Figure 1 shows the germination of epithelial cells from the amniotic membrane of the umbilical cord by direct cultivation of explant tissue (40 x magnification) on day 2 (Figure 1A) and on day 5 (Figure 1B, C) of tissue culture. Plastic surfaces for cell cultivation were coated with collagen-1 / collagen-4 (1: 2; Becton Dickinson) mixtures before application of the amniotic membrane to their surface. Samples of the amniotic membrane were immersed in 5 ml of EpiLife medium or Medium 171 medium (both from Cascade Biologies). The medium was changed every 2 or 3 days, monitoring of cell germination from the explant was carried out using light microscopy. Microphotographs were taken at various time intervals, as described above. The observed polygonal (polyhedral) morphology is typical of epithelial cells.

Figure 2 describes the enzymatic cleavage of the umbilical cord segments giving the same epithelial cells (40 x magnification) on day 2 (Figs. A and C) and on day 5 (Figs. B and D). The amniotic membrane of the umbilical cord was divided into small pieces of 0.5 cm × 0.5 cm and digested in a 0.1% solution (weight to volume) of type 1 collagenase (Roche Diagnostics) at 37 ° C for 8 hours. The samples were mixed in a shaker for 3 minutes every 30 minutes. Cells were harvested by centrifugation at 4000 rpm for 30 minutes. Cell pellets were resuspended in EpiLife medium or Medium 171 medium (both from Cascade Biologies) supplemented with 50 μg / ml insulin-like growth factor 1 (IGF-1), 50 μg / ml platelet derived growth factor BB (PDGF-BB) , 5 μg / ml transforming growth factor β1 (TGF-β1) and 5 μg / ml insulin (all from R&D Systems), were counted and plated on 10 cm diameter cell culture plates precoated with collagen-1 and collagen-4 mixtures (1: 2; Becton Dickinson) at a seeding density of 1 × 10 6 cells per dish. After 24 hours, adherent cells were washed with warm saline in phosphate buffer (PBS) and the culture medium was replaced with EpiLife medium or Medium 171 medium (both from Cascade Biologies). The medium was changed every 2 or 3 days, the monitoring of cell germination was carried out using light microscopy. Microphotographs were taken at various time intervals, as described above. The cells again had a polygonal morphology typical of epithelial cells.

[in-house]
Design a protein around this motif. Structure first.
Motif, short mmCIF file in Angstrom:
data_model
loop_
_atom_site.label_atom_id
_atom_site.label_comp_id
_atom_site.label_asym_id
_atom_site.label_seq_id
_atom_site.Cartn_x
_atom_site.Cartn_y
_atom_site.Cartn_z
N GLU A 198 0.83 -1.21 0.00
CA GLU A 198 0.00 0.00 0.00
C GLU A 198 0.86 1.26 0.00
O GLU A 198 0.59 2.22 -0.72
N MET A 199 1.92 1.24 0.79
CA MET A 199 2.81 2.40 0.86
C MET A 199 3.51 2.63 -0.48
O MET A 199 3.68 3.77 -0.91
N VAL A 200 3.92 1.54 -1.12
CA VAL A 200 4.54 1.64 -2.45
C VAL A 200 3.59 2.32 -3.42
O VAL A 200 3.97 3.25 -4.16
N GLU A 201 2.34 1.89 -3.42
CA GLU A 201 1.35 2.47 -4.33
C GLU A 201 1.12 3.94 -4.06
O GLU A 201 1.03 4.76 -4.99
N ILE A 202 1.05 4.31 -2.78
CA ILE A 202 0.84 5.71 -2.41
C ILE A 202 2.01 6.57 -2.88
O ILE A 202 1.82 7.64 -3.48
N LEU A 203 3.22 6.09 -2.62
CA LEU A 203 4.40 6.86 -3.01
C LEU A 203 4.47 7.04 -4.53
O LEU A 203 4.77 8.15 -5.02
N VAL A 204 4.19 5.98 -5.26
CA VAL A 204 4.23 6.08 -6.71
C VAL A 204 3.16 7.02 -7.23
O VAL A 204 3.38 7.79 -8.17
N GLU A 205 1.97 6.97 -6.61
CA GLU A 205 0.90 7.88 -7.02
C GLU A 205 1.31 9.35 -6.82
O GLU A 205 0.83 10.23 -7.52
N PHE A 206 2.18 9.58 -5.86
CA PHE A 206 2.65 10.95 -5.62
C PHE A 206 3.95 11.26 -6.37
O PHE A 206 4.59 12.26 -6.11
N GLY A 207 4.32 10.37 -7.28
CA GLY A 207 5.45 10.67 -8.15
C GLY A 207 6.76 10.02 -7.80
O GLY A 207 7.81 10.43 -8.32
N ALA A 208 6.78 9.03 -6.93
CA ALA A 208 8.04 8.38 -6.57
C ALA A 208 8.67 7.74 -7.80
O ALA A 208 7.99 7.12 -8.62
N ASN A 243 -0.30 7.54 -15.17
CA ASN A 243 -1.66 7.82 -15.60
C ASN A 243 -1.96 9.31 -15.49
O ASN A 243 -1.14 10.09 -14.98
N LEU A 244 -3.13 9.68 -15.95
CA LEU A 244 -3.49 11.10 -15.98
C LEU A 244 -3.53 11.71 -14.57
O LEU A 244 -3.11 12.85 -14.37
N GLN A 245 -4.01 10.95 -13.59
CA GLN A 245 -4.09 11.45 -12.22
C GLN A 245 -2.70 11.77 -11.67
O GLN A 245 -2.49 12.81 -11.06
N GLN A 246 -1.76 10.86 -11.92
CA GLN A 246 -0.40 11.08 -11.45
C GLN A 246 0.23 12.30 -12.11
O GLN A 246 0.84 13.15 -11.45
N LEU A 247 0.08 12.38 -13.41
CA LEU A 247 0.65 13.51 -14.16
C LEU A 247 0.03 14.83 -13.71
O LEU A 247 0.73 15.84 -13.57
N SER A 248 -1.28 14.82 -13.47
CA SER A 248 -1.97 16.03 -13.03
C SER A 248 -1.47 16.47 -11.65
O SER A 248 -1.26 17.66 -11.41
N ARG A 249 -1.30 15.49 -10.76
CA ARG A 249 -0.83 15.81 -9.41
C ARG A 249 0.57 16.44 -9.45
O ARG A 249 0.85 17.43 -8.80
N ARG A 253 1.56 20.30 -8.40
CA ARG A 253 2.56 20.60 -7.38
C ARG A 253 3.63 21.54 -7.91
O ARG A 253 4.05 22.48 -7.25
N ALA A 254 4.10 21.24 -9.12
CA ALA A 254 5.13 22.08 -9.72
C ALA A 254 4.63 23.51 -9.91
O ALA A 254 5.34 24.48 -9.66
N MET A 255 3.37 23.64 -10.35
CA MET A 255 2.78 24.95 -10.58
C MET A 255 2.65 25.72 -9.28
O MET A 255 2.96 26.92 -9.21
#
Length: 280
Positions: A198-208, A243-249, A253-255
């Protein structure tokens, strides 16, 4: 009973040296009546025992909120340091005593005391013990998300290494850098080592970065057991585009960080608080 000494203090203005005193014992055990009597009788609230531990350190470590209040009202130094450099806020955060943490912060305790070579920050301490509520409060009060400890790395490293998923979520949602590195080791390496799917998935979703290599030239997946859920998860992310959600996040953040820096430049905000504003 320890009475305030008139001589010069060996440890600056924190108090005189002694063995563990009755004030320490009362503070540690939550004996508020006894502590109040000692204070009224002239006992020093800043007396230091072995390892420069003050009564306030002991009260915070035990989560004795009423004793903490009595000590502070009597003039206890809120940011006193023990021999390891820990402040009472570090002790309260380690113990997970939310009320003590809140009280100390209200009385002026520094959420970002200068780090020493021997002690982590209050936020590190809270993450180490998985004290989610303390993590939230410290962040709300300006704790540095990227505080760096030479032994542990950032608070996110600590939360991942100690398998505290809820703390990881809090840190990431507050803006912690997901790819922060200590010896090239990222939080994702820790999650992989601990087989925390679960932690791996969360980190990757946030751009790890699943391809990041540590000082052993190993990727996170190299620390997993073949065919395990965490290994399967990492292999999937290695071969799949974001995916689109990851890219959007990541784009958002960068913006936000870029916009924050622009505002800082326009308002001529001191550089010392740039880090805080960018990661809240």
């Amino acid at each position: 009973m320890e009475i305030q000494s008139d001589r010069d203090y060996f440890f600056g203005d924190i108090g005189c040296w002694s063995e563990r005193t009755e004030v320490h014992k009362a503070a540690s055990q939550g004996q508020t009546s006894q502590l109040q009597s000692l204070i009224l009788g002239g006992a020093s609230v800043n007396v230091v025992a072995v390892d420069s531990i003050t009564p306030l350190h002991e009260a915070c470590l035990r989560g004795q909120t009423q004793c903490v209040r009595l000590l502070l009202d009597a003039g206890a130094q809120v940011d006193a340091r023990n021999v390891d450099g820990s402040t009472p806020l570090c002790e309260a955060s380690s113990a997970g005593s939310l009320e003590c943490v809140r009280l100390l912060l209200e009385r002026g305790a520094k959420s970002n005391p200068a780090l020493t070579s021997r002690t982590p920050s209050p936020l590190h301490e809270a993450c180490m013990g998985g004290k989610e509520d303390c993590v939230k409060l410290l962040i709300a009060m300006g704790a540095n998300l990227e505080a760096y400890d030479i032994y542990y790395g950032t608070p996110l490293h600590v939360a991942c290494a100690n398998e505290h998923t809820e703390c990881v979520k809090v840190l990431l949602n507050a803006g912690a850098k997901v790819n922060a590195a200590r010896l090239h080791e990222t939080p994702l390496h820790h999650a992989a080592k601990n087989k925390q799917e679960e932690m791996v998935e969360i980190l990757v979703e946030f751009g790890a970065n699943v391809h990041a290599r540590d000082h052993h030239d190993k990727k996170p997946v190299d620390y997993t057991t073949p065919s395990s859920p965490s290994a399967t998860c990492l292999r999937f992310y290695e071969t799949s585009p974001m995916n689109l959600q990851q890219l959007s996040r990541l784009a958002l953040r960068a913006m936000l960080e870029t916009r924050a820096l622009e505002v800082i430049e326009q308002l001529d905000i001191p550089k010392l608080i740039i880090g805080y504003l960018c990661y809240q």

Figure 3 shows the sprouted mesenchymal cells explanted from the amniotic umbilical cord membrane. Cell sprouting (40x magnification) was observed already 48 hours after being placed in tissue culture growth plates using DMEM supplemented with 10% fetal calf serum (FCS) as culture medium (Fig. 3A, B). The explants were immersed in 5 ml of DMEM medium (Invitrogen) supplemented with 10% fetal bovine serum FBS (Hyclone) (DMEM / 10% FBS). The medium was changed every 2 or 3 days. Cell germination monitoring was carried out using light microscopy. Microphotographs were taken at various time intervals. The cells had a spindle-shaped morphology, and in vitro they migrated and spread both easily and quickly, which is very similar to fibroblasts (Fig. 3B, D).